* *Mountain Summit Conditions*will be more extreme than those found at the trailhead. Temperatures will be colder, winds will be stronger, wind chill temperatures will be much lower, and snow will be deeper. Check the National Weather Service Mountain Point Forecasts [ ]for selected summits.
* *Ice on Water Surface:* Ice has formed and thickened on most water bodies. Ice on rivers and streams is less thick. Be safe on ice. [ ]
* Always check the thickness of ice before traveling across it.
* Avoid ice:
* Over running water
* Near inlets & outlet
* Near boathouses & docks – especially those with “bubblers” or other ice prevention devices


Notices below reflect recent changes in conditions and recreation infrastructure work completed by DEC and its partners.

* *High Peaks Wilderness:*

* Lake Colden Caretaker reports 34 inches (90 cm) of snow at the stake on the shores of Lake Colden (Elevation 2,750 ft./838 m) with up to 5 to 6 feet snow (120 to 180 cm) in the higher elevations.

* Snowshoes or skis are required wherever snow depths exceed 8 inches, essentially all trails.

* There is good snow coverage on all trails, but trails are icy on the surface due to recent and forecasted warm weather and rain.

* Lake Colden and Avalanche Lake are crossable but ice around the inlets and outlets of both lakes should be avoided.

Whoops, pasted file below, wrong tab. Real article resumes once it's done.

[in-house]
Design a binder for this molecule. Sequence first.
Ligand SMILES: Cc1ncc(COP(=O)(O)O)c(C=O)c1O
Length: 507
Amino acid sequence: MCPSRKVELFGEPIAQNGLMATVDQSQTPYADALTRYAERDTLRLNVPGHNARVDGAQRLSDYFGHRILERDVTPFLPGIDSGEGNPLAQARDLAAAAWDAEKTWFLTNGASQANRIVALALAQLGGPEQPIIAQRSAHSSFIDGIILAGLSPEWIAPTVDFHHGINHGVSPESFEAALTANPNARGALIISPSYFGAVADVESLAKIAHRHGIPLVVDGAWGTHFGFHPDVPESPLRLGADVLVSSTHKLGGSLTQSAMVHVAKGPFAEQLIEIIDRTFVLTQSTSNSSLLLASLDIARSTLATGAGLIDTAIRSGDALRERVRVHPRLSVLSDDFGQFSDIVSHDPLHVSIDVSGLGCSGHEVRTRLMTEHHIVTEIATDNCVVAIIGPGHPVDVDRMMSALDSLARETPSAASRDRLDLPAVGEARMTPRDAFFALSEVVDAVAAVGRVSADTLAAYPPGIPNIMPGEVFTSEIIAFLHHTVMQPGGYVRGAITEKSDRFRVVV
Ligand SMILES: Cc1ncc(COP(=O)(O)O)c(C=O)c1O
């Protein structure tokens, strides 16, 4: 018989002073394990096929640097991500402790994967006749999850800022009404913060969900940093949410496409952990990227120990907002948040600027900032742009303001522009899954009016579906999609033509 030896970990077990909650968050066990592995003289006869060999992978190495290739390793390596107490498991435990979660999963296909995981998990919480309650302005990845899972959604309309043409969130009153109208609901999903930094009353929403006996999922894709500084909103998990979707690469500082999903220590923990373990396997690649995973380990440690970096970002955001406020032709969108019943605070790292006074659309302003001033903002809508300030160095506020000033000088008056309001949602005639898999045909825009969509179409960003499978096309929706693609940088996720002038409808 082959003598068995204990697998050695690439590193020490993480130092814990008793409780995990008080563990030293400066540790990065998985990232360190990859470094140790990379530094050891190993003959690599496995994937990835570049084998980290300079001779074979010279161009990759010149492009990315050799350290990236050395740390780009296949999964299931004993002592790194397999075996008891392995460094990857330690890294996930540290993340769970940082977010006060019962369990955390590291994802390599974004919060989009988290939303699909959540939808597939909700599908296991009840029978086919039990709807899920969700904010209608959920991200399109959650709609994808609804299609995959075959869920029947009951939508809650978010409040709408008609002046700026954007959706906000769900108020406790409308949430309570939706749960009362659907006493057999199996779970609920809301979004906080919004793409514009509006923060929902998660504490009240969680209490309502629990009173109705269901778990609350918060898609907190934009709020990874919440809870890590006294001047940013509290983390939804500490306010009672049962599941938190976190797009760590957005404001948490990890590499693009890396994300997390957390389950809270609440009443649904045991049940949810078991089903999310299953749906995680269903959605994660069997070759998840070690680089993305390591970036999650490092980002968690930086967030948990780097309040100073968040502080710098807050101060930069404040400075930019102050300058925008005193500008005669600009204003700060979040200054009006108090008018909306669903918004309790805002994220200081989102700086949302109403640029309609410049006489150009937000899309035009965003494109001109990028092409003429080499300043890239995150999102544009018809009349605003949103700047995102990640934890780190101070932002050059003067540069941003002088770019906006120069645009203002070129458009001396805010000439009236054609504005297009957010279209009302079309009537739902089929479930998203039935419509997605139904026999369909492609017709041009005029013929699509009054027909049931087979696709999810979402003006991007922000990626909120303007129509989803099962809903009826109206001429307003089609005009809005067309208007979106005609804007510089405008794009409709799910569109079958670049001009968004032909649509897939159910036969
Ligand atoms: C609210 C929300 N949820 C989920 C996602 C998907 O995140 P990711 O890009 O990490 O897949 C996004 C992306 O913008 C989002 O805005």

* The Cascade Lakes Day Use area, located off State Route 73 between Lower and Upper Cascade Lakes, is closed until further notice due to the icy condition of the unmaintained entry road.

*_HIGHLIGHTED TRAIL- Camp Santanoni XC Trail, Newcomb, NY_*

Camp Santanoni provides a 9.8-mile round trip cross-country ski excursion. The trail traverses from the Gate Lodge Complex [ ], past theFarm Complex [ ], to the remote lakesideMain Camp Complex [ ], providing a moderate ski and a great opportunity to enjoy the outdoors. For those who don’t have their own skis or snowshoes, the Adirondack Interpretive Center provide snowshoes free of charge to visitors at the Gate Lodge.

*Trailhead:* Camp Santanoni Historic Area is accessed from the Gate Lodge Parking Area [,W74.1650/@43.970773,-74.1649196,17z/data=!4m6!4m5!1m0!1m3!2m2!1d-74.165!2d43.9737 ], located on Newcomb Lake Road, off NY Route 28N. (43.9737N, 74.1650W)

Skiers and snowshoers are welcome to recreate on the trail and surrounding lands on any day during the winter. However, during theWinter Weekend events [ ] which includes this coming Camp Santanoniweekend, February 17th-19th, cross-country skiers and snowshoers will be able to visit both the Gate Lodge and Main Lodge of Camp Santanoni, view displays about the great camp and take interpretive tours with Adirondack Architectural Heritage (AARCH) staff.

The Artist’s Studio, a stone building near the main lodge on the shores of Newcomb Lake, is open as a warming hut during Winter Weekend events. Visitors can warm themselves by the woodstove and enjoy coffee, tea or hot chocolate – you are encourage to bring your own cup.

In addition to the popular 9.8-mile round trip from the Gate Lodge to the Main Lodge, cross-country skiers and snowshoers are encouraged to take the half mile-trail that connects Camp Santanoni to the nearbyAdirondack Interpretive Center’s [ ] 3.6-mile trail system. The Center’s buildings are open from 10 a.m. to 4 p.m. on the Winter Weekends.

Reservations are not required but for more information, contact AARCH at (518) 834-9328

More information on Camp Santanoni Historic Area
[ ]